Block Finance is launching a secure, multi-currency bank ledger, that enables frictionless payments and settlements.
Bridging present day banking with the blockchains of tomorrow.
Verified clients can create new accounts on demand.
Accounts are anonymous and are assigned an IBAN for external use.
Accounts can hold multiple balances in any of the supported currencies and support value dates (future payments).
The ledger is suitable for both consumer as well as institutional payments. A payment consists of:
The payment is encapsulated inside an transaction, which needs to be signed with the appropriate private keys. If the signature part is invalid the transaction fails.
It is important to note that once the transaction commits, payments contained within are final. This also applies to payments scheduled for a future value date.
The ledger is designed for a number of settlement processes.
Payment versus Payment for settlement of multi-currency (FX) trades. This is implemented as two payments inside a single transaction. This way both payments will either succeed or fail, eliminating Herstatt risk.
Built to scale, total ledger throughput is measured in thousands of transactions/second.
Individual transactions commit (or are rolled back) in less than one second on average.
A single signer can participate in multiple, in-flight, out-of-order transactions.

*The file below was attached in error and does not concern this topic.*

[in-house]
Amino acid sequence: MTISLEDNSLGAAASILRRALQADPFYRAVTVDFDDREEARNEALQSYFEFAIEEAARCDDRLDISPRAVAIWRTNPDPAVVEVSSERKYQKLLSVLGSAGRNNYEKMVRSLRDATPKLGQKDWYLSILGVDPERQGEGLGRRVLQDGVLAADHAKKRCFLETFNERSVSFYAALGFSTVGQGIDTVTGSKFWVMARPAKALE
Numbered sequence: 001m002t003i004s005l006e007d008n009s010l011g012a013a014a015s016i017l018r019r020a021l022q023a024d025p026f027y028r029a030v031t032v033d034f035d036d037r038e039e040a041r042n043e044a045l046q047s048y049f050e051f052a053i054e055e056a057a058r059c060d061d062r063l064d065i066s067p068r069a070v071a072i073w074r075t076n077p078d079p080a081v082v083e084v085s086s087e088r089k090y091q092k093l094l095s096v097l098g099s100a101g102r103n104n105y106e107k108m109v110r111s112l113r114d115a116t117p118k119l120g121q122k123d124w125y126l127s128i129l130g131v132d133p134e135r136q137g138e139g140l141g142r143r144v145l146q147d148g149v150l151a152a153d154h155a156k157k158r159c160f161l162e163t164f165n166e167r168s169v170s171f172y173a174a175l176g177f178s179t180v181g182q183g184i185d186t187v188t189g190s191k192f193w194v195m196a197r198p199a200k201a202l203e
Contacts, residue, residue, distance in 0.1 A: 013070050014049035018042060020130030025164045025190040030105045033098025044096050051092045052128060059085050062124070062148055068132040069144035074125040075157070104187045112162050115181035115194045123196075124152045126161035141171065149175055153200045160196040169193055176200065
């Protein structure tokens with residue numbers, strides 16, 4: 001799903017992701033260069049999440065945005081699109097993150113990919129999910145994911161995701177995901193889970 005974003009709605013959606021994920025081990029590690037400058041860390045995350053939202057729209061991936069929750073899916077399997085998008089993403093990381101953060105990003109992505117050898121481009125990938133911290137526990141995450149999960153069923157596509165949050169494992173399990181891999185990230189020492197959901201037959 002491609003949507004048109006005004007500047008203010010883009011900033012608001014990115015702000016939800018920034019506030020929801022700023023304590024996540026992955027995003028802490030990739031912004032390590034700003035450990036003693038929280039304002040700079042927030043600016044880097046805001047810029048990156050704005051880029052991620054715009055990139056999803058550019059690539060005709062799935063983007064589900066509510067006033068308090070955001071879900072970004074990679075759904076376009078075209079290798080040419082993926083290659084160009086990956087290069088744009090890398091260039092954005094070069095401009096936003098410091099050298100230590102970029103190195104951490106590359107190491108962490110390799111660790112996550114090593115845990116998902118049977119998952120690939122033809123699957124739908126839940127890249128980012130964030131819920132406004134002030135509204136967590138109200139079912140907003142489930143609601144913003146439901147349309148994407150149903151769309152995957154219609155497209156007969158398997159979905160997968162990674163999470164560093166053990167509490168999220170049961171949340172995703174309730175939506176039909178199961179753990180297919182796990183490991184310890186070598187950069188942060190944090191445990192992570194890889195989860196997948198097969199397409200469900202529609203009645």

A flexible permission model is provided that is suitable for both consumer and institutional clients.
All transactions enjoy finality on commit, so you can trust them. Good-bye ledgers with probabilistic finality.
Operated out of 7 diverse sites, the simultaneous loss of 2 sites can be tolerated without affecting the availability of the ledger.
Each site contains an complete, immutable, replica of the transaction history which can be used to rebuild the ledger state from scratch.
All sites need to agree on the outcome of a transaction for it to commit.
Client funds are pooled and are held in accounts segregated from those of Block Finance. This ensures that even in the unlikely event of a default, client funds are unencumbered.
Funds are held at central banks, keeping the number of trusted parties to a minimum.